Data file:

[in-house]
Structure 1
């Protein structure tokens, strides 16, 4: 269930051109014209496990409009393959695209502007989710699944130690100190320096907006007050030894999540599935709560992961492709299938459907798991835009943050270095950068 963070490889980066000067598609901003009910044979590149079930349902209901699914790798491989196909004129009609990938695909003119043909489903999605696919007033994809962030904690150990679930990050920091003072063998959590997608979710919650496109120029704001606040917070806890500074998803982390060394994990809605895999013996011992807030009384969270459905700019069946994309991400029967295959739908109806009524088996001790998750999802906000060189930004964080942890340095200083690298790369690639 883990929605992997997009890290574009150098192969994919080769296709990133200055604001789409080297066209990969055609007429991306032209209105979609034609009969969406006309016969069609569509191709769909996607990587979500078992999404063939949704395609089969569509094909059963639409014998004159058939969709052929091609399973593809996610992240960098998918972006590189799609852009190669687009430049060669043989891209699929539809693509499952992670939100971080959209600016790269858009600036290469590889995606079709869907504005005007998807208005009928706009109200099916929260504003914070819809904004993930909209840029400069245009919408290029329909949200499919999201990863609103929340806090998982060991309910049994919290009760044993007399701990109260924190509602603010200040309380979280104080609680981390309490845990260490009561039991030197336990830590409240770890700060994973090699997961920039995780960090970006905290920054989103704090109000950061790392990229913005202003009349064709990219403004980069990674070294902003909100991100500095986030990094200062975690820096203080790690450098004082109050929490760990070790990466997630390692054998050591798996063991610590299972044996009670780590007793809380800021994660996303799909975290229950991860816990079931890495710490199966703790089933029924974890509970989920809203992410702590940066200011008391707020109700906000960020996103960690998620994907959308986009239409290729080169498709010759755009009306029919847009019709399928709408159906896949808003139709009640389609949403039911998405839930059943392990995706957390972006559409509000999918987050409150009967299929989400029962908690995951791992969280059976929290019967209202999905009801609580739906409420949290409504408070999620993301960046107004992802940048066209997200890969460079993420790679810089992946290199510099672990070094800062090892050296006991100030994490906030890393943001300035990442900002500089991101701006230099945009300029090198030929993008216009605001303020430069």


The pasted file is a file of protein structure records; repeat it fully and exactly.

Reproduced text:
[in-house]
Structure 1
């Protein structure tokens, strides 16, 4: 269930051109014209496990409009393959695209502007989710699944130690100190320096907006007050030894999540599935709560992961492709299938459907798991835009943050270095950068 963070490889980066000067598609901003009910044979590149079930349902209901699914790798491989196909004129009609990938695909003119043909489903999605696919007033994809962030904690150990679930990050920091003072063998959590997608979710919650496109120029704001606040917070806890500074998803982390060394994990809605895999013996011992807030009384969270459905700019069946994309991400029967295959739908109806009524088996001790998750999802906000060189930004964080942890340095200083690298790369690639 883990929605992997997009890290574009150098192969994919080769296709990133200055604001789409080297066209990969055609007429991306032209209105979609034609009969969406006309016969069609569509191709769909996607990587979500078992999404063939949704395609089969569509094909059963639409014998004159058939969709052929091609399973593809996610992240960098998918972006590189799609852009190669687009430049060669043989891209699929539809693509499952992670939100971080959209600016790269858009600036290469590889995606079709869907504005005007998807208005009928706009109200099916929260504003914070819809904004993930909209840029400069245009919408290029329909949200499919999201990863609103929340806090998982060991309910049994919290009760044993007399701990109260924190509602603010200040309380979280104080609680981390309490845990260490009561039991030197336990830590409240770890700060994973090699997961920039995780960090970006905290920054989103704090109000950061790392990229913005202003009349064709990219403004980069990674070294902003909100991100500095986030990094200062975690820096203080790690450098004082109050929490760990070790990466997630390692054998050591798996063991610590299972044996009670780590007793809380800021994660996303799909975290229950991860816990079931890495710490199966703790089933029924974890509970989920809203992410702590940066200011008391707020109700906000960020996103960690998620994907959308986009239409290729080169498709010759755009009306029919847009019709399928709408159906896949808003139709009640389609949403039911998405839930059943392990995706957390972006559409509000999918987050409150009967299929989400029962908690995951791992969280059976929290019967209202999905009801609580739906409420949290409504408070999620993301960046107004992802940048066209997200890969460079993420790679810089992946290199510099672990070094800062090892050296006991100030994490906030890393943001300035990442900002500089991101701006230099945009300029090198030929993008216009605001303020430069």